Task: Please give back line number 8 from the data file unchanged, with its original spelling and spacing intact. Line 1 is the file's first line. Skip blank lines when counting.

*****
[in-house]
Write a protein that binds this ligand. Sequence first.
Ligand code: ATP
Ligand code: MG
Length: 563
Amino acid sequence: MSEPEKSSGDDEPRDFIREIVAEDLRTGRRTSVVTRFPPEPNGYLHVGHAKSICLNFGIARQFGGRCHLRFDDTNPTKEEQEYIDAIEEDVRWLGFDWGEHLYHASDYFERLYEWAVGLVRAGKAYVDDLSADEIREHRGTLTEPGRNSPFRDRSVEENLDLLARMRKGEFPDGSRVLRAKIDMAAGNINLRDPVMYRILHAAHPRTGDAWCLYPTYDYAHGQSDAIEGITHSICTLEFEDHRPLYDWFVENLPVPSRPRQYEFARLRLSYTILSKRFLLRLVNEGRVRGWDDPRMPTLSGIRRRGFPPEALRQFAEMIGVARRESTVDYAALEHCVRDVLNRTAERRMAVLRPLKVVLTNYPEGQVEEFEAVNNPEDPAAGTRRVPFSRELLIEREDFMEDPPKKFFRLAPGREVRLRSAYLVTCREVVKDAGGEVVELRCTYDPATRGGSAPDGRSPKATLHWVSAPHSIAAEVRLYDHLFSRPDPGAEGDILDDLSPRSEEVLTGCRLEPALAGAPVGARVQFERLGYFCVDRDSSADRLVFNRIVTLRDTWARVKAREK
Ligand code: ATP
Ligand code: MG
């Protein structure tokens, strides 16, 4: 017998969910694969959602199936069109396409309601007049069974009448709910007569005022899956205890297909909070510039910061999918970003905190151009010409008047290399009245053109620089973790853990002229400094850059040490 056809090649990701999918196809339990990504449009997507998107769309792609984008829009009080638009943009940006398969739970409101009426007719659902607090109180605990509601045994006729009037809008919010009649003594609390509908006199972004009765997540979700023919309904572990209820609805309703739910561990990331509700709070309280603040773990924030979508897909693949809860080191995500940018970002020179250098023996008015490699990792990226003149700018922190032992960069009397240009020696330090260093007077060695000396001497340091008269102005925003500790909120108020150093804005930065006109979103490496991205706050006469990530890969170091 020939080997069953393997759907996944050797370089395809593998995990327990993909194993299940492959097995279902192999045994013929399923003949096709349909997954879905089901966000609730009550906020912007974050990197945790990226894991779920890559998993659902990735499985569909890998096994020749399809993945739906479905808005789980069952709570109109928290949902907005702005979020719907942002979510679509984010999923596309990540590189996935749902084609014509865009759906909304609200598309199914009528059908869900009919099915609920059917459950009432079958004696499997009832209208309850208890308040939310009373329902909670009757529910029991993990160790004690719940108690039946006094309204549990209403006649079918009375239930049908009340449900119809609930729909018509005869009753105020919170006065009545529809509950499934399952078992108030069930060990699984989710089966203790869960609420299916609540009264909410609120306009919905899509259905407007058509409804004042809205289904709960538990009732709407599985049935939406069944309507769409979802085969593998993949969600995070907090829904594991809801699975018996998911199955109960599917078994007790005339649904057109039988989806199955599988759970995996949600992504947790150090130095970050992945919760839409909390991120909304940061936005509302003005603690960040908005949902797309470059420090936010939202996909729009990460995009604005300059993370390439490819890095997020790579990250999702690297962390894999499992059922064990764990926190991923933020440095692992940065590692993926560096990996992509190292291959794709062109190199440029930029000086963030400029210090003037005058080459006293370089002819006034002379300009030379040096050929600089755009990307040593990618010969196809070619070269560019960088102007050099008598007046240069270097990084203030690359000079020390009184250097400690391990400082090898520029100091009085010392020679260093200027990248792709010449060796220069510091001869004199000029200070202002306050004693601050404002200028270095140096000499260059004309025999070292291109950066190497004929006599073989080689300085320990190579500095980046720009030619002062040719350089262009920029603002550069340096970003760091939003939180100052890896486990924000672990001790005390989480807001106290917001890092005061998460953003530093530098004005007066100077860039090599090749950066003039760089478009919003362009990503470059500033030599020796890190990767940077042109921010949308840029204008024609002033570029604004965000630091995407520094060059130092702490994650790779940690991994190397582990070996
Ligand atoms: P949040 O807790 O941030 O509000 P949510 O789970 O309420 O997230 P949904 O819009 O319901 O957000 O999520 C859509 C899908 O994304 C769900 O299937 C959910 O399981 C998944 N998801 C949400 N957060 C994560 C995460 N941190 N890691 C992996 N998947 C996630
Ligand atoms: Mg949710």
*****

Ligand code: MG